When Esera Tuaolo publicly came out as gay in 2002, the veteran NFL lineman said he didn't think professional football was ready for an openly gay player.

“People ask me if I think a superstar football player will ever come out during his playing days,” Tuaolo wrote in ESPN the Magazine. “I hate to be negative, but I don’t see it happening. The league just isn’t ready for it, and neither are the fans.”

Nineteen years later, Tuaolo has changed his tune. On this week’s edition of “The Sports Kiki,” Tuaolo told me why he thinks the NFL is ready today. The league is much more inclusive, with players of all stripes sticking together and standing up for social change.

“Yes, I do think someone will come out in the near future, but we need to continue the conversations of inclusion, diversity and equality,” he said. “We can’t let down. I think the thing we learned in 2020 is that we’re all in it together, people. There’s no separate group.”

Tuaolo lived a tortured existence as a closeted NFL star. He would be on the verge of an anxiety attack whenever he heard his name blared over the public address system, fearing somebody would out him. While he lived with his partner — and had young twins — he kept his two personas separate. It was an exhausting way to live.

The pain caused Tuaolo to drink heavily each night and pray he would never wake up. It’s astounding he was able to keep it together for nine seasons. Tuaolo made the NFL’s all-rookie team and played in Super Bowl XXXI with the Green Bay Packers. He played for five teams overall from 1991-99, including the Minnesota Vikings.

“Every single day I woke up back then, I walked into the locker room, and transformed myself into someone I wasn’t: a straight man,” he said. “That right there, looking over my shoulder, hearing all the negative things and stuff in the locker room about fags and queers and discriminating women, listening the players talk about who they banged and stuff. Shit, man. Of course, my life is so much better than back then.”

Tuaolo has stayed around the game since coming out. Last weekend, he threw his fourth annual Super Bowl Inclusion Party, sponsored by his anti-bullying organization, Hate Is Wrong (the festivities were virtual this year, of course). The group also hosted a pre-Super Bowl LGBTQ sports panel.

The purpose of the Inclusion Party, Tuaolo says, is to make sure everyone can participate in the Super Bowl festivities. Typical Super Bowl parties feature ludicrously expensive covers and lots of abhorrent objectification. They are an extension of the odious “guy talk” — homophobic slurs, boasting about sexual conquests — that made Tuaolo miserable.

Despite being 6-foot-4 and weighing 300 pounds, he often felt helpless and alone in the locker room.

“I don’t care how big you are,” Tuaolo said. “When you do not have the support, it’s a difficult thing. And not only that, but you could lose your livelihood. I worked so hard to get to the NFL. It’s a hostile environment. It’s hard.”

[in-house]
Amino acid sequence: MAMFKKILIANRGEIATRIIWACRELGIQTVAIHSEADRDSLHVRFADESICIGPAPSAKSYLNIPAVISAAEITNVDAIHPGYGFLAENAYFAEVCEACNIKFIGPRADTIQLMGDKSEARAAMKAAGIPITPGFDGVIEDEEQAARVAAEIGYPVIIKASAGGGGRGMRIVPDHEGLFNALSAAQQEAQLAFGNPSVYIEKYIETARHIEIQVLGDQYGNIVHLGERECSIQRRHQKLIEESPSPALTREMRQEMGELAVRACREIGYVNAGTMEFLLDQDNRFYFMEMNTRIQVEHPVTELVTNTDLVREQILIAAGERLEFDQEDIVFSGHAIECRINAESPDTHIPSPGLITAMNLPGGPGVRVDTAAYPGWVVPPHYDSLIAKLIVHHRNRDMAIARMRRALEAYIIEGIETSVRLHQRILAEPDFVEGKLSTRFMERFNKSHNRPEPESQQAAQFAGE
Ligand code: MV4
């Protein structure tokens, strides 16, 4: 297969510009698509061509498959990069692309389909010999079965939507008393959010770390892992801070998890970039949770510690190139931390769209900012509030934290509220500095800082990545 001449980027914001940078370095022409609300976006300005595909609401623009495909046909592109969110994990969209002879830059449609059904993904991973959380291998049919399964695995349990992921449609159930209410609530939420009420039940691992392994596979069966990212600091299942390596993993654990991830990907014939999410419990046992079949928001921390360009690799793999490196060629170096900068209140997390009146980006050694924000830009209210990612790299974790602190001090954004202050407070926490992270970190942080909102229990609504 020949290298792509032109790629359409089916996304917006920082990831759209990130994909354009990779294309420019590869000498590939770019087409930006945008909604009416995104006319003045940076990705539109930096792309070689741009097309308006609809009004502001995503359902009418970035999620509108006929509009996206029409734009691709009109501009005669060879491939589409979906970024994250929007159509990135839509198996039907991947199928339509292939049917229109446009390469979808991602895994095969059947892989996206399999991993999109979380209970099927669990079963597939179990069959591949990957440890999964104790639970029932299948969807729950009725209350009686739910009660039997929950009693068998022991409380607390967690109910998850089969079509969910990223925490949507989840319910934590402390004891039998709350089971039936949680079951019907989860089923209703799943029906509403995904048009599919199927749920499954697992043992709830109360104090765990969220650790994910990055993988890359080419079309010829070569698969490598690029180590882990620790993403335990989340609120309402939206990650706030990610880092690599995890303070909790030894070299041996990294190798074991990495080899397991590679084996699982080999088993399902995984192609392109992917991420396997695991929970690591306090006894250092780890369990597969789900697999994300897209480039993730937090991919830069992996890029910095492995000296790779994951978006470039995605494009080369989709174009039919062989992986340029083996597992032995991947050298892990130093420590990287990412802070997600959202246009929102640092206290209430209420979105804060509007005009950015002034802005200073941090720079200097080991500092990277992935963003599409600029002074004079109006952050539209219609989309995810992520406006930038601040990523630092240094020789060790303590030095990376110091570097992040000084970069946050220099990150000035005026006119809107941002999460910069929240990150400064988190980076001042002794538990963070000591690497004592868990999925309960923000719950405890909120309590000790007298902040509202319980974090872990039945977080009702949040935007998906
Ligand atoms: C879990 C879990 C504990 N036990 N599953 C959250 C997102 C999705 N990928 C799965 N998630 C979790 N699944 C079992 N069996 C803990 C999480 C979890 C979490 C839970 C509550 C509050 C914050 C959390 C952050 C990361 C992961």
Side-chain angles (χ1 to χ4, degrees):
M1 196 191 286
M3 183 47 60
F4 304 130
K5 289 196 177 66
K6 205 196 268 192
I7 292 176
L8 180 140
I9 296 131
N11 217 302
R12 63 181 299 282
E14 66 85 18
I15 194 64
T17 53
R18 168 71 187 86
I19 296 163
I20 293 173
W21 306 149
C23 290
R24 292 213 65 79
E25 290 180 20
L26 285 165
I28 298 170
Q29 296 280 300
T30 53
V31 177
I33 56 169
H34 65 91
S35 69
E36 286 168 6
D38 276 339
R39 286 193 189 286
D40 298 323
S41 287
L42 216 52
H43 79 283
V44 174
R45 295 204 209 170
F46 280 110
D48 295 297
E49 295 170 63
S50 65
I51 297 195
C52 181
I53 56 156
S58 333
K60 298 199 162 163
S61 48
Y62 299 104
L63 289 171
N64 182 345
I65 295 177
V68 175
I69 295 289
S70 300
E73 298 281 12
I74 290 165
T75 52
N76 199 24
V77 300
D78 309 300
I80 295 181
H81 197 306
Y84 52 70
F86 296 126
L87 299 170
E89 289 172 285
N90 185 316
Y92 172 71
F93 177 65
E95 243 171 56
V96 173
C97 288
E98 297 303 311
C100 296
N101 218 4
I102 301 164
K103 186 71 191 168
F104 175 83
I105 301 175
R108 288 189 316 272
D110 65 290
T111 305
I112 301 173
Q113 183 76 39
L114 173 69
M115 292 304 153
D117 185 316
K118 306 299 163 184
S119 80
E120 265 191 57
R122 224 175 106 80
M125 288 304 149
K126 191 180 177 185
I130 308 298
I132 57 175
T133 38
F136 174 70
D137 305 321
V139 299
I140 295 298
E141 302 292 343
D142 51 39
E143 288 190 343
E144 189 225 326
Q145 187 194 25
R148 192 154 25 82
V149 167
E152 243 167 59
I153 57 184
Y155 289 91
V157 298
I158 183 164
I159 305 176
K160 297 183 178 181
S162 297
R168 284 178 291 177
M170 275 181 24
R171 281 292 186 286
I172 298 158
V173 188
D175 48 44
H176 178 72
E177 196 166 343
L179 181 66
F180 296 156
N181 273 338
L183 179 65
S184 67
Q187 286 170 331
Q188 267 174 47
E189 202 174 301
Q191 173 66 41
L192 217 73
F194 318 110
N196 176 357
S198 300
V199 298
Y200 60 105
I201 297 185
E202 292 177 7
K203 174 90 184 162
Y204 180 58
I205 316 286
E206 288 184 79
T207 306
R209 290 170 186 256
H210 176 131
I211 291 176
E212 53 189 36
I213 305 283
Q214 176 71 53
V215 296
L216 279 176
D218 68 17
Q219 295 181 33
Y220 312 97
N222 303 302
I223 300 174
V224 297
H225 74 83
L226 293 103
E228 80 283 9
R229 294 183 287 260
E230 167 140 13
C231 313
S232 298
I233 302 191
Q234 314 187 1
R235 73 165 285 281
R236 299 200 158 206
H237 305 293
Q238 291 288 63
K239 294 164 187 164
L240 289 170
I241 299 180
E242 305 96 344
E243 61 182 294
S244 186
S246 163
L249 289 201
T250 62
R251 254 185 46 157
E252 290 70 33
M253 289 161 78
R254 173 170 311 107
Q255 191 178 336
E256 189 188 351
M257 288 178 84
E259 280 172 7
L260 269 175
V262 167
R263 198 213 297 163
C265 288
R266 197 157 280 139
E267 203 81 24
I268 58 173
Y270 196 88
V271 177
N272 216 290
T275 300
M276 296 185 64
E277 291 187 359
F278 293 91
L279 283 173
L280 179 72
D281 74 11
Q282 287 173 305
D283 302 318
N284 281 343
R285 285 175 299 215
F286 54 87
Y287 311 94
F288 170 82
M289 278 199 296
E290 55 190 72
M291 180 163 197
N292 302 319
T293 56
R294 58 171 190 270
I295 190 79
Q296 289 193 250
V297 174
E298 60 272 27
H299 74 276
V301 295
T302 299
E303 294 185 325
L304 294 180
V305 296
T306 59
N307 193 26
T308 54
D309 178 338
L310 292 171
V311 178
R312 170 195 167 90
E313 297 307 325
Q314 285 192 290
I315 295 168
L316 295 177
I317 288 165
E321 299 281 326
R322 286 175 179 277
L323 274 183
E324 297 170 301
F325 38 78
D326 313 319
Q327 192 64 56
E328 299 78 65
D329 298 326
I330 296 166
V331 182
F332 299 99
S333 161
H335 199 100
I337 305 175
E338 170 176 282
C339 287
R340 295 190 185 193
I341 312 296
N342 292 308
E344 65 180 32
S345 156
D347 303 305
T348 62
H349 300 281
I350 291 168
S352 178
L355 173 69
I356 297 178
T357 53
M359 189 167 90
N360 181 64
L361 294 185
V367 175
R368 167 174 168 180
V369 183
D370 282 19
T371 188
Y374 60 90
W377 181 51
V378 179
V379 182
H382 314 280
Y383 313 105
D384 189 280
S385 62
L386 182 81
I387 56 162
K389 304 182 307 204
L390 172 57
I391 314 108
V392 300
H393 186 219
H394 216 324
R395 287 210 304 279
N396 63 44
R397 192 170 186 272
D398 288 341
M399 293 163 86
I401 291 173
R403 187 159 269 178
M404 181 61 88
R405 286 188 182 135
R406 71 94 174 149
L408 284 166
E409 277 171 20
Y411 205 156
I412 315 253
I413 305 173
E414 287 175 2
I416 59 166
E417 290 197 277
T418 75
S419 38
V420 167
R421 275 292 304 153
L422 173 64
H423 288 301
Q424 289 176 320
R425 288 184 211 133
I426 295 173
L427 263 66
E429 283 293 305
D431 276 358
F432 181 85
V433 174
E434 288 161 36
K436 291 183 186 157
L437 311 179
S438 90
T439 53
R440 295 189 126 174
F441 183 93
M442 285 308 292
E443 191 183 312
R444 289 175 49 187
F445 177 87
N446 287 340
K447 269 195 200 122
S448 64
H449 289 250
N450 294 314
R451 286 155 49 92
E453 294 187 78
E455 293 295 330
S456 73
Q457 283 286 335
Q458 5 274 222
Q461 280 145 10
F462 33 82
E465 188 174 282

But the environment is changing. As we’ve chronicled on Outsports, 39 active NFL players have played with an out gay teammate. Rob Gronkowski, who caught two touchdowns in Super Bowl LV, told our Cyd Zeigler eight years ago he would be cool with a gay teammate.

Tuaolo has seen the shift first-hand. He harkens back to a speech he gave at an NFL rookie symposium in the mid-aughts. During the Q&A, one of the players raised his hand and asked Tuaolo why it was offensive to call someone the f-word if they were, well, “that way.”

Instead of lashing out, Tuaolo explained to the player it was akin to calling a Black person the n-word, or yelling a misogynistic slur at a woman. Afterwards, the other rookies assured Tuaolo they weren’t as ignorant. It was a turning point.

And if that was the environment more than a decade ago, imagine how much it’s changed even since then.

“I looked around the room, and I saw the players looking at this guy and saying, ‘Are you kidding me? What an idiot,’” Tuaolo said. “The other players afterwards came up to me and said, ‘He does not represent us.’ What I say there was, I saw a change. I just knew that things would get better.”

There are still many issues. Casual homophobia remains too prevalent in locker rooms, and the NFL doesn’t include LGBTQ people in its diversity handbook. But if Tuaolo were playing today, he doesn’t think he would need to drink himself to sleep every night.

Maybe he would even come out.

“We’re changing it by players coming out, showing society who we are as a community, which is amazing” he said. “The more education we put out there, the more people that come out, the more stories that Outsports brings out from college to high school players to the pros, it’s adding to that”

Click here to check out this episode of our Outsports podcast, “The Sports Kiki.” You can also subscribe to the show on Apple’s Podcast page as well as on Google Podcasts, and wherever you’ll find Outsports podcasts.